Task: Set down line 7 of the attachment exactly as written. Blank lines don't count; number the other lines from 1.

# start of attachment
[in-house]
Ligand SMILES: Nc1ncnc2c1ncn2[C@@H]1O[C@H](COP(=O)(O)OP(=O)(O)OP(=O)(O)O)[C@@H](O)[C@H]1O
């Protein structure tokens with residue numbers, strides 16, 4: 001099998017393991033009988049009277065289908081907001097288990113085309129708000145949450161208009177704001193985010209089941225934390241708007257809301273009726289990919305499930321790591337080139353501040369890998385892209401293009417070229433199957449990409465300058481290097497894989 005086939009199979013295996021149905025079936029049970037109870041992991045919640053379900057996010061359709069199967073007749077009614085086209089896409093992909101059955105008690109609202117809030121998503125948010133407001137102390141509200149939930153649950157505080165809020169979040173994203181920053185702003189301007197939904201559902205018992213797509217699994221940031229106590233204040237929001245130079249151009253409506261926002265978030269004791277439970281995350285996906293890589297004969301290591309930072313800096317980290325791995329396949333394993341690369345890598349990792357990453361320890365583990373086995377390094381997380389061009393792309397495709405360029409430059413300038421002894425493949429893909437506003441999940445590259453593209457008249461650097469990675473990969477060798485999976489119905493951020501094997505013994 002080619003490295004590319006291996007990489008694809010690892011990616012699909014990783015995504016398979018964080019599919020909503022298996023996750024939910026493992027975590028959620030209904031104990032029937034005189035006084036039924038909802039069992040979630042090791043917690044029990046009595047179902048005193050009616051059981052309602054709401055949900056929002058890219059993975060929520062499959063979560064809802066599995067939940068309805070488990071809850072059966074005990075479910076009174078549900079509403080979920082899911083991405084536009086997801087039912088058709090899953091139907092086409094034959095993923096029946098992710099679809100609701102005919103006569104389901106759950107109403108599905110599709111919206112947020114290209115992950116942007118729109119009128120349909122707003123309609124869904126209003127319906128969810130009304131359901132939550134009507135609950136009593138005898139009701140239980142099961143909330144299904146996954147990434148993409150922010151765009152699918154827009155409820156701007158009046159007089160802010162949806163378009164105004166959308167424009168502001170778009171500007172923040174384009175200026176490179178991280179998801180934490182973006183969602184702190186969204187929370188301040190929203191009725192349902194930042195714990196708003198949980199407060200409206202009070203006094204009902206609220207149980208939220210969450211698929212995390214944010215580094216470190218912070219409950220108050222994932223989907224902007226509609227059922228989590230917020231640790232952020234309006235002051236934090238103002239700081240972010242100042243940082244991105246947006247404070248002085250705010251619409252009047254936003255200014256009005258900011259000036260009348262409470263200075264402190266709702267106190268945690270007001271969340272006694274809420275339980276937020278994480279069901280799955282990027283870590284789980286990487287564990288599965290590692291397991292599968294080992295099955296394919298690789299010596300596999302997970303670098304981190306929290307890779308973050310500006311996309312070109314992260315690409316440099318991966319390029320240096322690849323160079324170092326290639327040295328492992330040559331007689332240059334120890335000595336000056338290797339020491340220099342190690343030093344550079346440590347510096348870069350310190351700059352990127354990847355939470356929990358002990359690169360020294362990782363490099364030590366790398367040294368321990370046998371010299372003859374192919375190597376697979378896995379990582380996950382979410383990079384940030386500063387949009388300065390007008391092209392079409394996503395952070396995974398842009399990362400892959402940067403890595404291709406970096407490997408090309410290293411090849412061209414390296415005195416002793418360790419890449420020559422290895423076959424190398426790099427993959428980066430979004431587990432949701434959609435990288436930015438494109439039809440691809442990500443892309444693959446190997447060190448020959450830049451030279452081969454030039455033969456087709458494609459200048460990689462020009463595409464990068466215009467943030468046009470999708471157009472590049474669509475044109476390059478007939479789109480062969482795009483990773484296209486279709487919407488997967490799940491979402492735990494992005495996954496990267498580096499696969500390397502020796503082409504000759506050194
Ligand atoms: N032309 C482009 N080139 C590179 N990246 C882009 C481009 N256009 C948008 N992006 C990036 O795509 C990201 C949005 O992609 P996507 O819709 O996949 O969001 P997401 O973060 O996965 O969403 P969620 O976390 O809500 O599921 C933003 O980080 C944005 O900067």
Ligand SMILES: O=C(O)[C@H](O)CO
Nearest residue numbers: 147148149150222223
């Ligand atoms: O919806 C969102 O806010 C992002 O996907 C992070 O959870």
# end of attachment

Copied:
């Ligand atoms: O919806 C969102 O806010 C992002 O996907 C992070 O959870």